Raise a Glass

There are three types of beer-drinkers in the world. The first type of drinker will consume his or her beer directly from the can, bottle, or, when they’re feeling fancy, the red cup. The second type is the aggressive millionaire: someone who will drink from a glass, but feels compelled to hurl the glass against the wall once the drink is done. The expense of constantly replacing pint glass makes this lifestyle somewhat unreasonable, so there probably aren’t too many of this category of drinker.

I count myself in the third class of beer drinkers. These are the drinkers who like drinking from the glass to attain the full potential of their beer. These are practical people who take care of the beer glasses so they can spend money on quality beer instead of disposing of broken glass. So let’s talk about how you treat your beer glass.

The first step is obviously choosing a glass for your beer. They come in all different styles and shapes for any number of reasons. Some are traditional glasses (gotta love those Germans!), and some are meant to accentuate certain flavors or attributes of specific beers. If you can afford the space and expense, it’s not a bad idea to get a variety of glasses and choose what you’re drinking from based on what you’re drinking.

As someone who can’t afford the space or the expense, my beer glass of choice is the Sam Adams Boston Lager glass. It’s a hybrid between a pint glass and a tulip glass, so you get a vessel that works well with more styles of beer than your typical glass. Go with what works for you. I’m always drinking different beers and trying new tastes, so I like a versatile glass. If you tend to enjoy a particular beer more than others, you should go with a glass that goes well with it. Choosing a beer glass is a lot like choosing a guitar… maybe it’s the action or the tone or maybe it’s just the one that looks cool.

So you’ve chosen your beer glass. But don’t start knocking ‘em back just yet. First, we have to clean it.

Look, I know what you’re thinking, and I agree. When I come home, open the fridge, and see a delicious beer just sitting on the shelf, I want to drink it right away. I don’t want to clean a glass. Well, sucks to be you. Because a clean glass is an important part of proper beer enjoyment.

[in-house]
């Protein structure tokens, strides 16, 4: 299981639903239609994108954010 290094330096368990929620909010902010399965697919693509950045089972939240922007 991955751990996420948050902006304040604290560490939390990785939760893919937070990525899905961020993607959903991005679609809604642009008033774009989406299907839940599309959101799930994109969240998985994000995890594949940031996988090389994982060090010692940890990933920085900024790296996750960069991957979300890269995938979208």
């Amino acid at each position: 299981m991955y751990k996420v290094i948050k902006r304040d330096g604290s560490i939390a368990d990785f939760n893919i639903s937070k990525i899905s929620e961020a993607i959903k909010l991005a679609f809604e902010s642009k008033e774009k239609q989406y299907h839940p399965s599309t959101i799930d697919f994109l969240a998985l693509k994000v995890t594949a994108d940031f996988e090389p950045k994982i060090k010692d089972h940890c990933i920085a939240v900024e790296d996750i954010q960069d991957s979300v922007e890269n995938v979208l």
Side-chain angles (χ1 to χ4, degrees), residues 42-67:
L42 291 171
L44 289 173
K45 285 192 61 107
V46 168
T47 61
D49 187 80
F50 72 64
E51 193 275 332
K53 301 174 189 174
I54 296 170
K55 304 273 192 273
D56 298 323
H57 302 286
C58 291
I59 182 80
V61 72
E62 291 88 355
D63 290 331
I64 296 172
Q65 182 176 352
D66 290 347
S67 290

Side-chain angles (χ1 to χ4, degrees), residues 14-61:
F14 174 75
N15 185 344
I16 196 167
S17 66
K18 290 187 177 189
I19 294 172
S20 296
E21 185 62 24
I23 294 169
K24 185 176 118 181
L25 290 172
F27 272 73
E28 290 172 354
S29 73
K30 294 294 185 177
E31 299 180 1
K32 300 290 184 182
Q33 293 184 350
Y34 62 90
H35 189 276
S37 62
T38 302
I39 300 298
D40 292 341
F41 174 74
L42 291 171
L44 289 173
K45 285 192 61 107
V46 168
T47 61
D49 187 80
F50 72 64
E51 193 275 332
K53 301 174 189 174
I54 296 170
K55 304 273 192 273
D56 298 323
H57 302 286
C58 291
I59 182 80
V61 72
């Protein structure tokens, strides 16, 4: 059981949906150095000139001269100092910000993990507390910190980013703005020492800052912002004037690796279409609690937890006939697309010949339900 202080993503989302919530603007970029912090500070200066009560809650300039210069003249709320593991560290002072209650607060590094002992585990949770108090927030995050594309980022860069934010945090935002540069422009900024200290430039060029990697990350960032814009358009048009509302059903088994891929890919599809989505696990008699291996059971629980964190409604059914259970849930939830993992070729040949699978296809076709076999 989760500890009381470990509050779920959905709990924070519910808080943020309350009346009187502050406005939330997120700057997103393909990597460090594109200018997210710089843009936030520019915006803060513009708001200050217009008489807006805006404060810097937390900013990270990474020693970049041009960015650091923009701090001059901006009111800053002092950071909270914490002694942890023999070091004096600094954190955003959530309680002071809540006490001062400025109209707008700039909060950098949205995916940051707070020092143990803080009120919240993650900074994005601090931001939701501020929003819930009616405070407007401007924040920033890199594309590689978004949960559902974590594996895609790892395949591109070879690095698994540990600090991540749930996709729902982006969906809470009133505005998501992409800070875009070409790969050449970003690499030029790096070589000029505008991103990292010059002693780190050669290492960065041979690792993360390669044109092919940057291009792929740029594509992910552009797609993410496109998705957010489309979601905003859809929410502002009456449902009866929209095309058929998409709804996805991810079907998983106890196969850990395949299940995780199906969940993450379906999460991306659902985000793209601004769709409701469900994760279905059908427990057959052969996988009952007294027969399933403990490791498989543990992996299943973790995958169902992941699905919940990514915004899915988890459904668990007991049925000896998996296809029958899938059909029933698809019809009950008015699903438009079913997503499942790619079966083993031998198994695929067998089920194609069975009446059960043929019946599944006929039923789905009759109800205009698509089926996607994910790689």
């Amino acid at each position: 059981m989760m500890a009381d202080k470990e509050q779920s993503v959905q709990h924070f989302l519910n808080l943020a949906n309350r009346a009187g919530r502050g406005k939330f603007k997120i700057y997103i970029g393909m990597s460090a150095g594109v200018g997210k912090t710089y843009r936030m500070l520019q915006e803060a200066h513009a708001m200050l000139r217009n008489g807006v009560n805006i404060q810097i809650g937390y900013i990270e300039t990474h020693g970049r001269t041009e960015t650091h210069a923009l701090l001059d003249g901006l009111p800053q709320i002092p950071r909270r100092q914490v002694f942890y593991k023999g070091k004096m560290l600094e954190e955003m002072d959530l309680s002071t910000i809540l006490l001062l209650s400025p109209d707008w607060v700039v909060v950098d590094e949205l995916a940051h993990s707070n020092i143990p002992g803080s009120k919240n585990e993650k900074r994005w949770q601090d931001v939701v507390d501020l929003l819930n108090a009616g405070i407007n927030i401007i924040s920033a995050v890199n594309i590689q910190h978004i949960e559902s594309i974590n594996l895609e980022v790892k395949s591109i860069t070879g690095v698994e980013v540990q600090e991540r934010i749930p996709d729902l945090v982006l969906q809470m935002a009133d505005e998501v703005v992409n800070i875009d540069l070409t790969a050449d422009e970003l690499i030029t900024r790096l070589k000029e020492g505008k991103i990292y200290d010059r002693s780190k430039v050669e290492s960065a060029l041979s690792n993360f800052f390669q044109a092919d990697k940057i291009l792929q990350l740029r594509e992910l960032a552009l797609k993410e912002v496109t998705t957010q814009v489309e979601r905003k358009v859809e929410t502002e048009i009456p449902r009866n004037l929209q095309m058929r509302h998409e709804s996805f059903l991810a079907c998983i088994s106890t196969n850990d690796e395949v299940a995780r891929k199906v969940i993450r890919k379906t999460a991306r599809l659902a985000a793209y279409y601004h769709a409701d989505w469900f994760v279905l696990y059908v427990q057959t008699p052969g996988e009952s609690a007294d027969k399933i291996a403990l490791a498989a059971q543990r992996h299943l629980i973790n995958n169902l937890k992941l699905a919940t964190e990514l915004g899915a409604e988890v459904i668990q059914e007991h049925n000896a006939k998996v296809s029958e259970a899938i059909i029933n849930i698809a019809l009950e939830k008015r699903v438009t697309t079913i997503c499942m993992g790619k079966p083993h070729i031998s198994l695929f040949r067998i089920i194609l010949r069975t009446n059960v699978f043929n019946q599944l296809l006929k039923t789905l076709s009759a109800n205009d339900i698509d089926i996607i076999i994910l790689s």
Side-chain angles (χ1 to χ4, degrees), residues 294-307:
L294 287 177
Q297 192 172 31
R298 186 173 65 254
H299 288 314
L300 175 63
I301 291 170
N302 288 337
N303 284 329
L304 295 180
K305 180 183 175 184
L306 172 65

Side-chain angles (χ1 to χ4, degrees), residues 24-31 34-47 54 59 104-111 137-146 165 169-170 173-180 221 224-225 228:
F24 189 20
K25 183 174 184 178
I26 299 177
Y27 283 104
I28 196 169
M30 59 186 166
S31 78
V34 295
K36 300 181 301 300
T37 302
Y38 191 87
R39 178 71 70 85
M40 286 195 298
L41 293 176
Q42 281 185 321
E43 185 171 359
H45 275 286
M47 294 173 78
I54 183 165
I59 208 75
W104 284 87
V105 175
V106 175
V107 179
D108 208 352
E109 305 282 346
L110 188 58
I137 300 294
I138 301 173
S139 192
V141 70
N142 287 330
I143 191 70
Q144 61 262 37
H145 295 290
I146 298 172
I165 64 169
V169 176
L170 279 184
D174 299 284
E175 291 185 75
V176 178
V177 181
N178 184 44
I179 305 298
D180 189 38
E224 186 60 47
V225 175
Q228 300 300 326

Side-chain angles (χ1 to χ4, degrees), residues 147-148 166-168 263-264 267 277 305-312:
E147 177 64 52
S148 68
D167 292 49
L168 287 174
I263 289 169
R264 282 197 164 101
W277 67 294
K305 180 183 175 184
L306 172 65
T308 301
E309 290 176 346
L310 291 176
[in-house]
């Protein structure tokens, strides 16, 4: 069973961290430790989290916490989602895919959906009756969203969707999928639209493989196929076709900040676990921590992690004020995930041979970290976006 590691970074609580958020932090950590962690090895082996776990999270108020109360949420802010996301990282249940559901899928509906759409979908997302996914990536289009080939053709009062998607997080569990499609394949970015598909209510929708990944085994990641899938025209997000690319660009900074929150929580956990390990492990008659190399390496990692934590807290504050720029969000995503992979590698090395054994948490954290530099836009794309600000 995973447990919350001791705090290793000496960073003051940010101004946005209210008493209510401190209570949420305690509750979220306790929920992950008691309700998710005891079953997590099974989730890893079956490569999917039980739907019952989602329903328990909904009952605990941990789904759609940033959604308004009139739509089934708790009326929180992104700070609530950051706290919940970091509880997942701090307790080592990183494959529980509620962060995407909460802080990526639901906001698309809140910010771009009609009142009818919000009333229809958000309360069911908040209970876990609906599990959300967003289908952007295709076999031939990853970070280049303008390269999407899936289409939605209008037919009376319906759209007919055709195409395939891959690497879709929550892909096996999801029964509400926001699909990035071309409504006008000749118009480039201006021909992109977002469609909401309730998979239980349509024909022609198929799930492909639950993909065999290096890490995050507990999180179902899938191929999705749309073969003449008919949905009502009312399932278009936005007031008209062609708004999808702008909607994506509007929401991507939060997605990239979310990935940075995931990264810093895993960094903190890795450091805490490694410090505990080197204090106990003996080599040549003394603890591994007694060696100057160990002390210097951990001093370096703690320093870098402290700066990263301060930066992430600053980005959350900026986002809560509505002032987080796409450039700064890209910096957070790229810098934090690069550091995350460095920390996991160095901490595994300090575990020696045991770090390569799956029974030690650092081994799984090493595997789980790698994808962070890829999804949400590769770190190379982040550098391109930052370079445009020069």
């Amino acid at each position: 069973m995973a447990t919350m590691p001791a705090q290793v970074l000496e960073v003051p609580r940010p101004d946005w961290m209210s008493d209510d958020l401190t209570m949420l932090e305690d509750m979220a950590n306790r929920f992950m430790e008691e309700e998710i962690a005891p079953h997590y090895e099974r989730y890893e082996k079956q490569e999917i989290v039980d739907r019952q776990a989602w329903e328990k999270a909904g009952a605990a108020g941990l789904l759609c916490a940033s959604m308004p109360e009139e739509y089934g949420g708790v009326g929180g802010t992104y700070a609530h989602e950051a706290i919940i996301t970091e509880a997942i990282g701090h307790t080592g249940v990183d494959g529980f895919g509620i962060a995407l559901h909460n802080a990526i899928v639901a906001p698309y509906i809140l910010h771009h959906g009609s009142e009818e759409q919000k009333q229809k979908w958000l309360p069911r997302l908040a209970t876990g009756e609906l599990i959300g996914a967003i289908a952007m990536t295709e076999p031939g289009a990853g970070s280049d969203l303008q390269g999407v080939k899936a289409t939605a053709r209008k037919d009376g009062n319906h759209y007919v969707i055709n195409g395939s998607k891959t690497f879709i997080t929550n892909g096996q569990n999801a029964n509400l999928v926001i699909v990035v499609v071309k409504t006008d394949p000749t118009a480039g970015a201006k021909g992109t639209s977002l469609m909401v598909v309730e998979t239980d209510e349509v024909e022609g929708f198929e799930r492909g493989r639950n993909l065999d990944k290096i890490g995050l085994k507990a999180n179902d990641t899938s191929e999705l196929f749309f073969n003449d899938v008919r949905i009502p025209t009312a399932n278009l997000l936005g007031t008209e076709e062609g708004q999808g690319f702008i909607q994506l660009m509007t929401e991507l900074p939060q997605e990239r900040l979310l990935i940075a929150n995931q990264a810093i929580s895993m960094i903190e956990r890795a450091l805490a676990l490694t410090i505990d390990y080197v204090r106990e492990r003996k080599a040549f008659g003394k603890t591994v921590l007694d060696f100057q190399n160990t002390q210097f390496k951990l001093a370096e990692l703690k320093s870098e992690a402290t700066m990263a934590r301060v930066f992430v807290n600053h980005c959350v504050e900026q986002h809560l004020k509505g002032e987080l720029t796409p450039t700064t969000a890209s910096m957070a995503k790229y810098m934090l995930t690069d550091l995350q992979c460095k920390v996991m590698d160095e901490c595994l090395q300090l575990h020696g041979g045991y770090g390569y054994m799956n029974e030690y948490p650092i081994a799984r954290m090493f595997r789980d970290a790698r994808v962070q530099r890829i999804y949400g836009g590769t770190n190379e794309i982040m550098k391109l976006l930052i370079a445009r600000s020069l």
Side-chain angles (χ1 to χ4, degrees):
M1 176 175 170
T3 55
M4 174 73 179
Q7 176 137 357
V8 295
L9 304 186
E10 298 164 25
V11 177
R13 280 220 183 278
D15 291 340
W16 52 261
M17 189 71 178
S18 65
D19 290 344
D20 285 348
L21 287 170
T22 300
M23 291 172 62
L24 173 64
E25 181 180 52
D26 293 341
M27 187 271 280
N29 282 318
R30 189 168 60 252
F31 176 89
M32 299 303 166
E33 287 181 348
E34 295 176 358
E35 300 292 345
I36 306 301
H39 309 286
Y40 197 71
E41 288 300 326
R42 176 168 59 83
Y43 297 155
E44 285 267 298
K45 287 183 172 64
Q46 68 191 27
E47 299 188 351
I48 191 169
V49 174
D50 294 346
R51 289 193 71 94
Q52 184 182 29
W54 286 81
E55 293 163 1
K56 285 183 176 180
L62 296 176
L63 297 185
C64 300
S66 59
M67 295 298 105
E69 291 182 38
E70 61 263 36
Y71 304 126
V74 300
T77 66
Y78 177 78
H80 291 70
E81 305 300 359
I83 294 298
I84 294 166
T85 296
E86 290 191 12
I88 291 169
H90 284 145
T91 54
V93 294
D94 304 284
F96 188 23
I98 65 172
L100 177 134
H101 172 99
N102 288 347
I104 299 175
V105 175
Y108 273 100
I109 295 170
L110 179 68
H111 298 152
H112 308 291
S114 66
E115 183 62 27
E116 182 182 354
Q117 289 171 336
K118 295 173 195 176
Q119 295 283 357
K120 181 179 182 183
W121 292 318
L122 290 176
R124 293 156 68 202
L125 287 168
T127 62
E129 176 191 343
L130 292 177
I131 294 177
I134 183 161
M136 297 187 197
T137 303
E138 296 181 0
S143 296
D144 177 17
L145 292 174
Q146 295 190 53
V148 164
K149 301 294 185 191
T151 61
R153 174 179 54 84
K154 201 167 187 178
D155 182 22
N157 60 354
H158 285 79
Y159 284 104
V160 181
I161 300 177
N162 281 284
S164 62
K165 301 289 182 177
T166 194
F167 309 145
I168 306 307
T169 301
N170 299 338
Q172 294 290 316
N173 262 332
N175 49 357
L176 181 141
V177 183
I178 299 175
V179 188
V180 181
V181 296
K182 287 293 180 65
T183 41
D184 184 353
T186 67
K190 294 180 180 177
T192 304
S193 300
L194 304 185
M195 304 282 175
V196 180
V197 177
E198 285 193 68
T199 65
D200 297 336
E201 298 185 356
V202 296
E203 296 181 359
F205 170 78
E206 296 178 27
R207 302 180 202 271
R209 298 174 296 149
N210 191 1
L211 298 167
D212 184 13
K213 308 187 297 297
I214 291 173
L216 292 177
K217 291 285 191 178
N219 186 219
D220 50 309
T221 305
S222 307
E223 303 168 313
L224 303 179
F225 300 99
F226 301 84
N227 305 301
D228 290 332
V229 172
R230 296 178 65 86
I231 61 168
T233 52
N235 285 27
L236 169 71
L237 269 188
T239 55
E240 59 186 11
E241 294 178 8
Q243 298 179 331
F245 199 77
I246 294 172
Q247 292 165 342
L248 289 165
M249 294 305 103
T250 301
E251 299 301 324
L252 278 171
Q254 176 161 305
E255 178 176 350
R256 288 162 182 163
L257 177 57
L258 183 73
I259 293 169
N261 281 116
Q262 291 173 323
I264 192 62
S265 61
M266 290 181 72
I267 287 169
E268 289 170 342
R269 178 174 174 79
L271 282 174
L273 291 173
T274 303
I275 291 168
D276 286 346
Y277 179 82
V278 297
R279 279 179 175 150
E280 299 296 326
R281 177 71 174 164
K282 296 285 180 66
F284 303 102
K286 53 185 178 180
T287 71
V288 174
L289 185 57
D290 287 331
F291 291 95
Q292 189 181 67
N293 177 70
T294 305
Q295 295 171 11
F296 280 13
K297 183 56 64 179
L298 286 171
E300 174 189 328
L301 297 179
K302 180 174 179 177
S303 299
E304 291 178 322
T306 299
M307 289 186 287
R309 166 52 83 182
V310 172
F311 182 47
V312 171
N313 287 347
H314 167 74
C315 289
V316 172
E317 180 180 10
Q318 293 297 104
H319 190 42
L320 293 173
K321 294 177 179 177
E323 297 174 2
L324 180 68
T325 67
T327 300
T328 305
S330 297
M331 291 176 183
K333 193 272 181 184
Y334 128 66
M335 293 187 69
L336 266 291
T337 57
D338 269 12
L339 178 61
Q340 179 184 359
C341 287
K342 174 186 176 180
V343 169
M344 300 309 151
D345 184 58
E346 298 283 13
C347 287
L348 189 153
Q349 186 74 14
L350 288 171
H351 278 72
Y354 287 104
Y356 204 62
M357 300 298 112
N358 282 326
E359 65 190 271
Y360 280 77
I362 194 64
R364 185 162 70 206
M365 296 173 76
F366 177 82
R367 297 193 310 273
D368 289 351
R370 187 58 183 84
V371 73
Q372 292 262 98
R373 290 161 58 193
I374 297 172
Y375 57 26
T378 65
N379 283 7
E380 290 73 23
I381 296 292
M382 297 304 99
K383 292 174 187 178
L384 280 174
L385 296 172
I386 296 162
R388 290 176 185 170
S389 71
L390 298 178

I’m not saying the best part of drinking is looking at a glass you just soaped up and rinsed off, nodding to yourself and thinking, “Boy, I sure know how to clean a glass!” I’m saying that dust, oils, dirt, and who knows what else are probably on your glass right now, and those things will interfere with your beer drinking pleasure. You may not taste these things, but they can mask flavors you should be tasting or affect how much head is produced. So take the time to clean your glass with warm to hot water, some liquid soap, and a non-abrasive sponge. It might be obvious, or it might not be, so I’ll just say it. You don’t want to scratch the glass, so use the soft side of the sponge, and if you put a glass through drastic temperature fluctuations, that glass will not be long for this world.

OK. So here we are. We’ve got a clean glass and a delicious beer. Let’s make it happen.

Many different people have many different ideas about producing a good head when pouring a beer. You’re going to want some head, but not too much. There are two pointers I would offer up. The first is to pour at an angle. If you hold the glass at about 45 degrees, and pour beer on the side of the glass instead of the bottom, it won’t foam up too much.

The second piece of advice is something I just picked up a few weeks ago. An old German trick involves leaving just a little bit of water in your glass. I would have thought pouring at an angle is enough for any beer, but my latest batch of homebrew foams up something fierce if you’re not careful. It turns out that a quarter-inch of water and pouring at an angle give the Scarecrow’s Revenge the perfect amount of head. Like I said… gotta love the Germans!

My final bit of advice is to ditch the beer glass every once in a while. You don’t want to be the pretentious jackass cleaning out your glass in the middle of a Mario Kart tournament. Not every beer you drink has to be pondered over and tasted with the utmost attention to detail. Sometimes a beer is just a beer. Grab a bottle and bottoms up. You earned it.

To learn more about glassware, check out the Beer Geek Shop. Most of what I know about glasses, I learned from them. Their article on the Sam Adams glass perfectly reflects what I knew in my heart but couldn’t quite put in to words.

So go find a glass and drink a beer. I know I will.